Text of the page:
(This question has been cross-posted from MSE to MO.)

Antalan and Tagle (in a 2004 preprint titled

Since $M$ is almost perfect, we have

$$\left(2^{r+1} - 1\right)\left(\sigma(b^2) - b^2\right) = \sigma(b^2) - 1$$

which further implies that

$$2^{r+1} = 1 + \frac{b^2 - 1}{\sigma(b^2) - b^2}.$$

Since $b$ is composite, then we have $\sigma(b^2) > b^2 + b + 1$, from which we obtain the inequality $2^{r + 1} < b$ using the last equation. This last inequality implies that

$$2^r < 2^{r+1} < b < \sigma(b)$$

and

$$\sigma(2^r) = 2^{r+1} - 1 < b - 1 < b$$

so that we have

$$\frac{\sigma(2^r)}{b} < 1 < 2 < \frac{\sigma(b)}{2^r}.$$

Additionally, since $b^2$ is deficient, we can write $\sigma(b^2) = 2b^2 - c$, where we compute $c$ to be

$$c = b^2 - \frac{b^2 - 1}{\sigma(2^r)}$$

from which we obtain the upper bound

$$\frac{\sigma(b)}{b} < \frac{\sigma(b^2)}{b^2} < \frac{4}{3}.$$

Lastly, since $r \geq 1$ and $2 \mid 2^r$, then

$$\frac{3}{2} = \frac{\sigma(2)}{2} \leq \frac{\sigma(2^r)}{2^r},$$

so that

$$\frac{\sigma(2^r)}{b} < 1 < \frac{\sigma(b)}{b} < \frac{4}{3} < \frac{3}{2} \leq \frac{\sigma(2^r)}{2^r} < 2 < \frac{\sigma(b)}{2^r}.$$

Compare the results we have obtained for

$$\frac{\sigma(q^k)}{n} < 1 < \frac{\sigma(q^k)}{q^k} < \frac{5}{4} < \sqrt{\frac{8}{5}} < \frac{\sigma(n)}{n} < \frac{\sigma(n)}{q^k}$$

Lastly, observe that, for the lone

$$\frac{\sigma(n_1)}{m} = \frac{5376}{22021} < 1 < \frac{22022}{22021} = \frac{\sigma(m)}{m} < \frac{5376}{3003} = \frac{\sigma(n_1)}{n_1} < \frac{\sigma(m)}{n_1} = \frac{22022}{3003},$$

where $m$ denotes the

My question is: Could there be a simple logical explanation for the

Antalan and Tagle (in a 2004 preprint titled

**) show that, if $M \neq 2^t$ is an even almost perfect number, then $M$ takes the form $M = {2^r}{b^2}$ where $r \geq 1$ and $b$ is an odd composite. We call $b^2$ the***Revisiting forms of almost perfect numbers***odd part**of the even almost perfect number $M$.Since $M$ is almost perfect, we have

$$\left(2^{r+1} - 1\right)\left(\sigma(b^2) - b^2\right) = \sigma(b^2) - 1$$

which further implies that

$$2^{r+1} = 1 + \frac{b^2 - 1}{\sigma(b^2) - b^2}.$$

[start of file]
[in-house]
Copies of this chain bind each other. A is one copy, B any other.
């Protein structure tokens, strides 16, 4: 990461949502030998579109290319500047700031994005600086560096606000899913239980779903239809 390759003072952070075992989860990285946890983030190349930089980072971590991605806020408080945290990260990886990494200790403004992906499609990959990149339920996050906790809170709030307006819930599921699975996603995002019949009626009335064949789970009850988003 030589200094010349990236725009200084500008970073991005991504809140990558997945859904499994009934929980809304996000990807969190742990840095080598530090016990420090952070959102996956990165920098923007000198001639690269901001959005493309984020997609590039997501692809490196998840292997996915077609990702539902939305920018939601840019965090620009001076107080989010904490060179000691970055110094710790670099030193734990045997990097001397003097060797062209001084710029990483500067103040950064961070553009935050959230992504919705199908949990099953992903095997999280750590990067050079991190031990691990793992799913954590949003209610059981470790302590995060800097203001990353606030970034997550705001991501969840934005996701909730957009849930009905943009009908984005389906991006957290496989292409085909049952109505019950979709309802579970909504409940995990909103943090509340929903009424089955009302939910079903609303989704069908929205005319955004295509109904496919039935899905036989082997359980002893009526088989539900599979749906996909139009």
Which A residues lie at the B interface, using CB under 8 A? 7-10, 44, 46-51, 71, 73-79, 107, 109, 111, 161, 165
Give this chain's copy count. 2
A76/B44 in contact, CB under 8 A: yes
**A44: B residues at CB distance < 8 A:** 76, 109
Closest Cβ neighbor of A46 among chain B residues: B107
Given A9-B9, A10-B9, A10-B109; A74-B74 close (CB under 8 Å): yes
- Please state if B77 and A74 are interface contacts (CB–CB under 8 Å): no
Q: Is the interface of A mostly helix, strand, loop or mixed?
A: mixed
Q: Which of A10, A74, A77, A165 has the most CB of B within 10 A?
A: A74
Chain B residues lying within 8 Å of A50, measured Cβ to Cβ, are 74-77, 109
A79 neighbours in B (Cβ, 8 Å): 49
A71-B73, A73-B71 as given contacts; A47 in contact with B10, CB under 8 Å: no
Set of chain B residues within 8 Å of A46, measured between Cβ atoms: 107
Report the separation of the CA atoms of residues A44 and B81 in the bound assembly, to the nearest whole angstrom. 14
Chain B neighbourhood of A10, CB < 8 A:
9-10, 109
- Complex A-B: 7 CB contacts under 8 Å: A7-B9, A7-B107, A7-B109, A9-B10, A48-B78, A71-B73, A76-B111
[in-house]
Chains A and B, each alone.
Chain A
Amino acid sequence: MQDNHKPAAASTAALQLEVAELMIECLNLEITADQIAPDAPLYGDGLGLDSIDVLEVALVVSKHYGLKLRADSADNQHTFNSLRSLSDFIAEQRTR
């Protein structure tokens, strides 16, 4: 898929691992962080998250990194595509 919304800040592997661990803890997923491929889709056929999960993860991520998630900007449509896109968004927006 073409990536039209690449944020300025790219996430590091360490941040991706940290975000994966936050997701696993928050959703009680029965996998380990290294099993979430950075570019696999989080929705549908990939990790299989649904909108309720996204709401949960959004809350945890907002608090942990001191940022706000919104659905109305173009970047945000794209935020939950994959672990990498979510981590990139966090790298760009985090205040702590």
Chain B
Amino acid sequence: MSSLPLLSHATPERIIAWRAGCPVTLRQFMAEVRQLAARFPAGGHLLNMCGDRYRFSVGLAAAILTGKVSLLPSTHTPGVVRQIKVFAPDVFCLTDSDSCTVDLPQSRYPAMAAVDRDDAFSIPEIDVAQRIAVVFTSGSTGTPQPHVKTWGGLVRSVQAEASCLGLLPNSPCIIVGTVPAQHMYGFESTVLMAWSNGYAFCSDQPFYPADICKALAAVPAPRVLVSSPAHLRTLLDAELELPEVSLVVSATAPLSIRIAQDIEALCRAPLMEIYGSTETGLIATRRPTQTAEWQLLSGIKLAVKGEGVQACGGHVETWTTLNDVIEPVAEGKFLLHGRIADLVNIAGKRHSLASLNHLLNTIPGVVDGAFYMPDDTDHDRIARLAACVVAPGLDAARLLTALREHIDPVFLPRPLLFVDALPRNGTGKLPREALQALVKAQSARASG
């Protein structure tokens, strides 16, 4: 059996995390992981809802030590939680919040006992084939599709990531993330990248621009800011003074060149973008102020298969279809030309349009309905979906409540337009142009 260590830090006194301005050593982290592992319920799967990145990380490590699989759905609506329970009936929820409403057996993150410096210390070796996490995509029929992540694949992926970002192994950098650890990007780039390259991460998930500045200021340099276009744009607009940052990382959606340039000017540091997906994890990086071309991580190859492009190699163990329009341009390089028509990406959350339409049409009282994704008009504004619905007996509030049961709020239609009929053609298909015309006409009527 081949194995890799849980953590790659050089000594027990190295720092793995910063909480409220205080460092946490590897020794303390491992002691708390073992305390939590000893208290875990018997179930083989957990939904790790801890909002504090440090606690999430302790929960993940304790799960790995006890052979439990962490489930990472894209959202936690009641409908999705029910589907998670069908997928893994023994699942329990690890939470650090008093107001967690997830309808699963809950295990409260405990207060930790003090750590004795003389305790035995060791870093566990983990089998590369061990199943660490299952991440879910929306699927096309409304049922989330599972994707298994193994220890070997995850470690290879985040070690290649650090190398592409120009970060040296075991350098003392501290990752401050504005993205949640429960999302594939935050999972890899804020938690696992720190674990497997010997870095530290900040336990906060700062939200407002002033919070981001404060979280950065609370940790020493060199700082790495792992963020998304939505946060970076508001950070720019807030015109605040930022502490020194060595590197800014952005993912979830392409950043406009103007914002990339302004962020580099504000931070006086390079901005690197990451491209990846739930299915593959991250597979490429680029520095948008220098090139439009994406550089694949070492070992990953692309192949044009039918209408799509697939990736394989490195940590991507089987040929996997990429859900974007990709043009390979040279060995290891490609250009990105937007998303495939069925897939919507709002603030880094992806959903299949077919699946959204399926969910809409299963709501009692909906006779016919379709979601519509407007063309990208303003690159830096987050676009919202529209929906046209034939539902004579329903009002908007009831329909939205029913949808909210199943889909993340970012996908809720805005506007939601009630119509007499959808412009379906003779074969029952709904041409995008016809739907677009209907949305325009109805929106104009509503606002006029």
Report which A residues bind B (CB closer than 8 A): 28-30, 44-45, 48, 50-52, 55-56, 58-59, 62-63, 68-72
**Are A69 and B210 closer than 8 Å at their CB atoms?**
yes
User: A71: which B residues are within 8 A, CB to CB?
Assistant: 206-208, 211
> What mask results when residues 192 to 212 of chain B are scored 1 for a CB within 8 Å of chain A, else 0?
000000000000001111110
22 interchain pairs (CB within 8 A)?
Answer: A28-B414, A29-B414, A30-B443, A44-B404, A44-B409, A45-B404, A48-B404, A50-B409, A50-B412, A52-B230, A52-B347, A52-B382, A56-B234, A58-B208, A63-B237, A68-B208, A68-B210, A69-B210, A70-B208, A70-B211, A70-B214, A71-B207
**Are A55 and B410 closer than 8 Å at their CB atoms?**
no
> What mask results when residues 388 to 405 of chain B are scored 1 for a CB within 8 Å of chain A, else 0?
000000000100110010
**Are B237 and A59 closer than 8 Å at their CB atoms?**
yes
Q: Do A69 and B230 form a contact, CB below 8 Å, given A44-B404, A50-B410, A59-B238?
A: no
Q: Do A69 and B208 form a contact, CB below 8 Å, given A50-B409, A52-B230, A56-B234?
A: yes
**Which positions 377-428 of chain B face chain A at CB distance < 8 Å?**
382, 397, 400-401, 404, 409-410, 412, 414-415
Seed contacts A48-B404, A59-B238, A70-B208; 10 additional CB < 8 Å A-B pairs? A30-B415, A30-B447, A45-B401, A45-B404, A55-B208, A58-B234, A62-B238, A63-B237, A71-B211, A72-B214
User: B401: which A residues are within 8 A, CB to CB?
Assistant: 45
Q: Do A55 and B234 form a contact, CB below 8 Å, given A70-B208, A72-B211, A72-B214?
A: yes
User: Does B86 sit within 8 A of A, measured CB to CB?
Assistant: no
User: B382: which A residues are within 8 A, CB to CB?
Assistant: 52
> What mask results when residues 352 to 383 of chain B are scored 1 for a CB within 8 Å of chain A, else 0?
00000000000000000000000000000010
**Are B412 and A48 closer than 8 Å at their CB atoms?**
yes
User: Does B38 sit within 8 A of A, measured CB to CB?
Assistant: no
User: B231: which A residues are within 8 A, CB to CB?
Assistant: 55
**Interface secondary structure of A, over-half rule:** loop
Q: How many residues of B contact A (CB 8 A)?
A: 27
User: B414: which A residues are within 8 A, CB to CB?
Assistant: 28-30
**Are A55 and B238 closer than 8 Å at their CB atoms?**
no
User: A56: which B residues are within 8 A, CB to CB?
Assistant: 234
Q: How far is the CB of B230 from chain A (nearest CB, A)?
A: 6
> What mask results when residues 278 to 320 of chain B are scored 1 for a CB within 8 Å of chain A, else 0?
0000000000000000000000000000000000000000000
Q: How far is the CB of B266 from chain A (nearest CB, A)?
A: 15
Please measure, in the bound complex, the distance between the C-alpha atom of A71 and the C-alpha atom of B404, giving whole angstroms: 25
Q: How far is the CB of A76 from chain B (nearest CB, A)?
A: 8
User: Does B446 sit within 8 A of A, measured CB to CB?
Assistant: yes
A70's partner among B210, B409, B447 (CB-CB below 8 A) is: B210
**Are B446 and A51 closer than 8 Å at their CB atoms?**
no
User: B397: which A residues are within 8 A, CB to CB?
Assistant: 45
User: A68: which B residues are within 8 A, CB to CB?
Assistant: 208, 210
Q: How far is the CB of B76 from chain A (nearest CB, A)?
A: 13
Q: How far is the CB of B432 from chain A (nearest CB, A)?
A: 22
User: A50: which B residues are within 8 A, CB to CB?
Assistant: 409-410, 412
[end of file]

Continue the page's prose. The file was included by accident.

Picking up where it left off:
Since $b$ is composite, then we have $\sigma(b^2) > b^2 + b + 1$, from which we obtain the inequality $2^{r + 1} < b$ using the last equation. This last inequality implies that

$$2^r < 2^{r+1} < b < \sigma(b)$$

and

$$\sigma(2^r) = 2^{r+1} - 1 < b - 1 < b$$

so that we have

$$\frac{\sigma(2^r)}{b} < 1 < 2 < \frac{\sigma(b)}{2^r}.$$

Additionally, since $b^2$ is deficient, we can write $\sigma(b^2) = 2b^2 - c$, where we compute $c$ to be

$$c = b^2 - \frac{b^2 - 1}{\sigma(2^r)}$$

from which we obtain the upper bound

$$\frac{\sigma(b)}{b} < \frac{\sigma(b^2)}{b^2} < \frac{4}{3}.$$

Lastly, since $r \geq 1$ and $2 \mid 2^r$, then

$$\frac{3}{2} = \frac{\sigma(2)}{2} \leq \frac{\sigma(2^r)}{2^r},$$

so that

$$\frac{\sigma(2^r)}{b} < 1 < \frac{\sigma(b)}{b} < \frac{4}{3} < \frac{3}{2} \leq \frac{\sigma(2^r)}{2^r} < 2 < \frac{\sigma(b)}{2^r}.$$

Compare the results we have obtained for

*even almost perfect numbers other than powers of two*with the**conjectured**inequalities for the divisors of odd perfect numbers $N = {q^k}{n^2}$ given in Eulerian form (see this [link1] and [link2]):$$\frac{\sigma(q^k)}{n} < 1 < \frac{\sigma(q^k)}{q^k} < \frac{5}{4} < \sqrt{\frac{8}{5}} < \frac{\sigma(n)}{n} < \frac{\sigma(n)}{q^k}$$

Lastly, observe that, for the lone

**spoof**odd perfect number $D = m{n_1}^2 = 198585576189$ that we know of (see this [link3]), we actually have$$\frac{\sigma(n_1)}{m} = \frac{5376}{22021} < 1 < \frac{22022}{22021} = \frac{\sigma(m)}{m} < \frac{5376}{3003} = \frac{\sigma(n_1)}{n_1} < \frac{\sigma(m)}{n_1} = \frac{22022}{3003},$$

where $m$ denotes the

**quasi-Euler prime**of $D$.My question is: Could there be a simple logical explanation for the

**discrepancies**in the inequalities relating the divisors of*even almost perfect numbers other than powers of two*,*odd perfect numbers*, and*spoof odd perfect numbers*?